Commentary on each Bob Dylan album and other related recordings.
Tuesday, June 21, 2016
Dylan and the Dead (1989)
Released February 6, 1989
During the summer of 1987 Bob Dylan joined The Grateful Dead for a stadium tour of six shows. Nearly two years later, Columbia released a live album with a meager seven selections from those performances. The confluence between these two gigantic forces in rock and roll/pop culture history promised unlimited potential -unfortunately the live album yielded disappointing results. The two gospel songs, "Slow Train Coming" and "Gotta Serve Somebody" are the only highlights. The rest leaves much to be desired: "Joey" is a mess and "I Want You" goes all over the map. I'll assume the live album may not be the best representation of their concerts. Guess you had to be there. In saying that, Dylan reportedly enjoyed his time with the Dead and even considered becoming a full time member. When Dylan began the so called "Never Ending Tour" in the summer of 1988, I think he took some inspiration from the Grateful Dead - steady touring backed by a full time band willing to reinvent old and new material on a nightly basis. Unlike most of his contemporaries Dylan emerged as a road warrior late in his career and would build an entirely new audience.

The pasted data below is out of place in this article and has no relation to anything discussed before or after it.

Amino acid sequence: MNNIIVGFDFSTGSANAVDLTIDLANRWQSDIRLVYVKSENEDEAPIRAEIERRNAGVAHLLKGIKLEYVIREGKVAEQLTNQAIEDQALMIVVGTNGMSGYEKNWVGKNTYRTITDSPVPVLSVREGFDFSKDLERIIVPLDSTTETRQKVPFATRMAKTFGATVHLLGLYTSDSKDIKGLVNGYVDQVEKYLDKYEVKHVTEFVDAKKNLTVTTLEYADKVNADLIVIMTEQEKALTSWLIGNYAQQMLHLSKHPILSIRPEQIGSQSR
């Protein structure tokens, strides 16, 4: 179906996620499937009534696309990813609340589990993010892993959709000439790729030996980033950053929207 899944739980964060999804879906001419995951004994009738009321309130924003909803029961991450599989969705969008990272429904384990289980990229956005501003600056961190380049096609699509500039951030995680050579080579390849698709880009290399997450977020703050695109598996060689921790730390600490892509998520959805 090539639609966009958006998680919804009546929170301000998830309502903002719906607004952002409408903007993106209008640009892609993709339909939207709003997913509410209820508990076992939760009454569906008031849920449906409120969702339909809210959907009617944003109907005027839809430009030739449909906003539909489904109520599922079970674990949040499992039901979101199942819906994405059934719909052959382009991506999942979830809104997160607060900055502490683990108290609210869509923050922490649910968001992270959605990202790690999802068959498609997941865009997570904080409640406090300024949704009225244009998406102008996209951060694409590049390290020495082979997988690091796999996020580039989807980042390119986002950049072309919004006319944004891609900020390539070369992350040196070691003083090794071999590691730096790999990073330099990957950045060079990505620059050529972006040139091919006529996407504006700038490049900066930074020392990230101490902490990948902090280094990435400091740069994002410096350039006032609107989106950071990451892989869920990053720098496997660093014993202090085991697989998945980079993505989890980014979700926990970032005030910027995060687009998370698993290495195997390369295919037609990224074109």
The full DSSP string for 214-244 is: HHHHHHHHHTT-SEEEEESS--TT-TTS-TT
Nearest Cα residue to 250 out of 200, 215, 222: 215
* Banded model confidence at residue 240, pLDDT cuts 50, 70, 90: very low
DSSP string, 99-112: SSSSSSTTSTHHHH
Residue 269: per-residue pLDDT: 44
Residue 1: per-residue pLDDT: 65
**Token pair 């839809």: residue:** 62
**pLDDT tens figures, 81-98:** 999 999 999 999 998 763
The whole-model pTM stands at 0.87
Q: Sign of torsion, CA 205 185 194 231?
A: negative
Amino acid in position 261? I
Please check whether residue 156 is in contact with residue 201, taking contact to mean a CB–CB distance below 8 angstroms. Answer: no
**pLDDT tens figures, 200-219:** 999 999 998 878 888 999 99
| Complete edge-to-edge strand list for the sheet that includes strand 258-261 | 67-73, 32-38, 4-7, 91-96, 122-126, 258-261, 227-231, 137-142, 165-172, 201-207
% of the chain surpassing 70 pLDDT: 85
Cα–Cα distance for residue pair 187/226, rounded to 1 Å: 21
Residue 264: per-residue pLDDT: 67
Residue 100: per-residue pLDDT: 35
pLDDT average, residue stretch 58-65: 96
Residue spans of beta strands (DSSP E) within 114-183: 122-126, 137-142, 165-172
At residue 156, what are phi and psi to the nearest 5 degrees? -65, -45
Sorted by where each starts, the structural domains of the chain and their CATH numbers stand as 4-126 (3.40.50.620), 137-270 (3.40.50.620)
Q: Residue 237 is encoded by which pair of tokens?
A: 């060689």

Dylan's worst album by a country mile.ReplyDelete
Joey’ without Emmylou Harris is interminably dire, and apart from a few moments at the tail-ends of ‘Gotta serve somebody’ and ‘Knockin’ on heaven’s door’, there is really nothing here that I would ever want to hear again. Poor song choices, too short even back in the days of the LP, mangled lyrics – and with a belated release halfway between the positively received ‘Traveling Wilburys Vol 1’ and ‘Oh mercy’ albums, it seems like an act of self-sabotage. Truly regrettable.ReplyDelete
Agreed, I suspect it was a simple cash grab by Columbia. Surprisingly it sold well and reached #37 on Billboard according to Wikipedia. I'm sure many fans were disappointed.Delete